And what about the serious studying that went on in the science labs ? Watching from the chemistry lab as Marsh Hill VI form boys came over for mixed classes was a lesson in itself. Distracted by their strutting forms, science had absolutely no chance. But we sometimes mustered inspiration for one or two experiments like those involving the use of the ventilation shafts into which you'd put the test tubes of stinking H2S. The door pulled down like a dumb waiter but the putrid smell still permeated much of the school, especially the dining hall where dinner was being prepared. On leaving the lesson we'd announce to others "yeah, WE made that smell". An experiment guaranteed to get our attention was exposing phosphorous to the air, and watching it's magical glow. I remember only one fire in the labs - very surprising considering our willingness to 'experiment'. Never fully mastered the periodic table (but hey, we were lucky, it's even bigger today). Memorable biology experiments covered the usual dissecting of dogfish, frogs, ox's hearts and sheep's eyeballs. All pretty disgusting, but it 'enriched' the lesson. As for physics - making one of those thingys where a light came on if you touched the wire. Remember leaving one lesson with massively static hair - the lengths teachers will go to get you involved !

A fond memory is of the tuck shop shoe-horned into the space under the main staircase. Many entertaining morning breaks passed there queueing to be served; chatting, combing our Troll's long hair or creating enormous fluff balls from the bobbles collected off sweaters. Yes, high-brow stuff indeed. One special memory is sitting on the grass at the back of the Main Hall, listening to someone's transistor radio playing the Beach Boys: 'God only knows'. Radio's weren't allowed, but we lived on the edge!! This glorious summer's day still comes back every time I hear that song.

Viv (Jackie)
 

Vivienne14

Super Moderator
Staff member
Anyone remember this ? I thought it had the school song Non Nobis Domini on it, but it doesn't appear on this side. Maybe it was on the 'B' side ? ! Or maybe this was such a sell out, the school went on to record more and it was included on that one (ha, ha).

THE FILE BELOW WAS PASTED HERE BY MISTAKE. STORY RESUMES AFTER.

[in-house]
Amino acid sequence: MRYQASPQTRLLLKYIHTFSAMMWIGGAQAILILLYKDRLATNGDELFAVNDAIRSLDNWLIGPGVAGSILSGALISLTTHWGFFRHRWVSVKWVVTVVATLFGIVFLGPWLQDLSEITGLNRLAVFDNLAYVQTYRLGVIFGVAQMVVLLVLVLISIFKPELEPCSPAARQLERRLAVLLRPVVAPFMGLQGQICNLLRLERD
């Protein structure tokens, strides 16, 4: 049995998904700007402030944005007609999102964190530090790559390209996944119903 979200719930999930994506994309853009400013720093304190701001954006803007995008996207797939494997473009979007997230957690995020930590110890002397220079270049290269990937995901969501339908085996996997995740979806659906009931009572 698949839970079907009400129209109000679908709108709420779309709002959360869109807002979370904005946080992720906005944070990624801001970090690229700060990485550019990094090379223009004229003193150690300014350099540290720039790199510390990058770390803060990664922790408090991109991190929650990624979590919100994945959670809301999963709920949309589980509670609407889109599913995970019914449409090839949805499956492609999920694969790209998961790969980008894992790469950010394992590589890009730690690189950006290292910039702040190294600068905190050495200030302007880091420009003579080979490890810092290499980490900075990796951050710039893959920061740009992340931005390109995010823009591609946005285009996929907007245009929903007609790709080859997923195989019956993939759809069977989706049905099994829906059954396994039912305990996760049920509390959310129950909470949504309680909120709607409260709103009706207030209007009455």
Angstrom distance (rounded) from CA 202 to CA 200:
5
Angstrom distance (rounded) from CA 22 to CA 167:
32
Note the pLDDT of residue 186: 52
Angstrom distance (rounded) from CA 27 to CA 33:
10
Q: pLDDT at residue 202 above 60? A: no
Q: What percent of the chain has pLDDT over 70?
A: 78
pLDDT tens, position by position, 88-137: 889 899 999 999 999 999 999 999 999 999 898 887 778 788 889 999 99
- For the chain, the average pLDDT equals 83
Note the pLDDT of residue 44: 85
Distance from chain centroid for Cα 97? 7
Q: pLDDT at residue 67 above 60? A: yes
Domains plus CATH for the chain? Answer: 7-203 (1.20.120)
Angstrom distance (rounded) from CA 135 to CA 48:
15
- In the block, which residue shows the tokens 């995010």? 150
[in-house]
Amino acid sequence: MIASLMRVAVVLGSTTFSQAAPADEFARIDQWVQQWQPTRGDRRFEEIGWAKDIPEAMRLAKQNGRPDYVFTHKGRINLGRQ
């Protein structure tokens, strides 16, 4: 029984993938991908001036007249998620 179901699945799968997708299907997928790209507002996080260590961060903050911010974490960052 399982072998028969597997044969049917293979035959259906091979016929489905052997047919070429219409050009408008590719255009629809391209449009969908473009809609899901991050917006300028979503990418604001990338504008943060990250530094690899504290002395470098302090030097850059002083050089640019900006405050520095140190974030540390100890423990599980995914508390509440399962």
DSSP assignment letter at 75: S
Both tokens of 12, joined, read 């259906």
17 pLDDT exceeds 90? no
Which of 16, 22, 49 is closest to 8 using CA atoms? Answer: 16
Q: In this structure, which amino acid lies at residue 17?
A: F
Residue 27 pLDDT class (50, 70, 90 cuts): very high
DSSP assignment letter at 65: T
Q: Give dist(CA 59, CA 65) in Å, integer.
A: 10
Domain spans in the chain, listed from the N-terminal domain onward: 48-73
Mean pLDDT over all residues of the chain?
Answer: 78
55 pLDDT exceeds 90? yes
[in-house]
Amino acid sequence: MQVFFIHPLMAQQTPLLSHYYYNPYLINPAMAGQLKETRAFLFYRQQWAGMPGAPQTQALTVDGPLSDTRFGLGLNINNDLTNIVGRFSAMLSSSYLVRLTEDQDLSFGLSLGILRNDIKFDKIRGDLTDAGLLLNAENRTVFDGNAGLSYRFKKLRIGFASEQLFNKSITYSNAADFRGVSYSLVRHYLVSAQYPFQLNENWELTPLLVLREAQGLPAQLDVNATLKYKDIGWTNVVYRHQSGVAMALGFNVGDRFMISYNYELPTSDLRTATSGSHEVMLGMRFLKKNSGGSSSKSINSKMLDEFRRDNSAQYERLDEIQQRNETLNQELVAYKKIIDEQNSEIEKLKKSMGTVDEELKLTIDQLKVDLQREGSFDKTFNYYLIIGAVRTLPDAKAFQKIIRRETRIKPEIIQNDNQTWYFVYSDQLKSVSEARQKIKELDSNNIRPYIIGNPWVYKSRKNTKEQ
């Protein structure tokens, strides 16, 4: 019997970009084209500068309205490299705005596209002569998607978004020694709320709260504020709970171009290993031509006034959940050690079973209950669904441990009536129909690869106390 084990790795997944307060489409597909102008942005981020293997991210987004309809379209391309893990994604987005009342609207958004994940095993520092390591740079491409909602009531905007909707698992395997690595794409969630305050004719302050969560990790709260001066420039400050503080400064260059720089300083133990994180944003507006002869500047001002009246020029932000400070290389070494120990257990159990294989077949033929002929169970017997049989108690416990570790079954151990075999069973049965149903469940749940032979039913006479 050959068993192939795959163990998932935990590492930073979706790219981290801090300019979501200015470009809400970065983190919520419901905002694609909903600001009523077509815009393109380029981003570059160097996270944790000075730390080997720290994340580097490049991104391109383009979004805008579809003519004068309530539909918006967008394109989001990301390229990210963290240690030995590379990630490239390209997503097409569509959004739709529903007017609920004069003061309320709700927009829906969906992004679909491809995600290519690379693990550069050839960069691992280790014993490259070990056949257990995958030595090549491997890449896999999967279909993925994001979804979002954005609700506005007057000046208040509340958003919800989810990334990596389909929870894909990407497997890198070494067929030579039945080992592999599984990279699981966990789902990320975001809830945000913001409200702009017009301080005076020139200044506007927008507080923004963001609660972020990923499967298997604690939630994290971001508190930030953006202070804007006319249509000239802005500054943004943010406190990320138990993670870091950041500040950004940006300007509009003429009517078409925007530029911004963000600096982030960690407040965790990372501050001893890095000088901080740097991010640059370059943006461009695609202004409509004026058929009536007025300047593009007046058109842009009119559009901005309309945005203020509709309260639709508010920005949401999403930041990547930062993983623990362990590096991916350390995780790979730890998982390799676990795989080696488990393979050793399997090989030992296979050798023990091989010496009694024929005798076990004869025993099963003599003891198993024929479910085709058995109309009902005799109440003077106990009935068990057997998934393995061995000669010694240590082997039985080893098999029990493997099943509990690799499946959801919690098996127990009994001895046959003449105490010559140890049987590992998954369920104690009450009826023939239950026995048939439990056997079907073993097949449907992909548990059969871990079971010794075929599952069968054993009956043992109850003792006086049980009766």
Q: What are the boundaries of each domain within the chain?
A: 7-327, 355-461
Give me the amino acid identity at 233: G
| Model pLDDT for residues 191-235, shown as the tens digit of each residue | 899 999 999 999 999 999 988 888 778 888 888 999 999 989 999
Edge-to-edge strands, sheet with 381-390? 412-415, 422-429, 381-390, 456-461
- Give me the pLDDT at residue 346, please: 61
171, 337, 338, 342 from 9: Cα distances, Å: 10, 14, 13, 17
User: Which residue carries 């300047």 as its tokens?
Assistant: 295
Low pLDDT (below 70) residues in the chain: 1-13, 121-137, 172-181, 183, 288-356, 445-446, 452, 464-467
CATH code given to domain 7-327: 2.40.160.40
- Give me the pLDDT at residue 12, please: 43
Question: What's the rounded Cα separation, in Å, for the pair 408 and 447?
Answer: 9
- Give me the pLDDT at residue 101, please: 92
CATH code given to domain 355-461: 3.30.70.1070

Now come on girls, sing along .............
"Non nobis Domine, non nobis, sed nomini tuo da gloriam"

Viv.

image.jpeg
 

A Sparks

master brummie
Hi Viv, Margaret was with Birchfield Harriers for a while and I think she may have have gone on to study PE at College, her sister was called Eileen and was a couple of years older.

I remember many of the teachers you mention! Mr Evans also took a Current Events Class but I didn't have him for History. My teacher was Mr Jackson.

Oh Miss Foxon! - she was very sweet but not very good at controlling the class, she did get played up sometimes and I feel very sorry for that now. Yes, I remember the socks and she used to cycle to school if I recall correctly.

I had Mr Denton for French for a year - didn't like him at all! He did have a quick sense of humour though and often very funny but could also be very sarcastic.

Miss Lingen was the Maths teacher, she was lovely and I got on well with her even though I was hopeless and was allowed to drop Maths after the 4th year.

I remember Mr Manning, he taught Latin as well.
A few of my class went on a trip to London with the art teacher Mr Bailey to see an exhibition of the artist Bonnard and Mr Manning came too, we pestered them to take us to Carnaby Street which they kindly did, however the shops were closed being a Sunday then, still enjoyed seeing it though :)
 

Vivienne14

Super Moderator
Staff member
Didn't know Mr Denton taught French, I'm sure we had him for maths. Maybe he taught both.

Miss Lingen sounds like a very understanding teacher - she never taught me, but remember her as a very happy soul. She must have loved teaching.

These are my memories of the school uniform: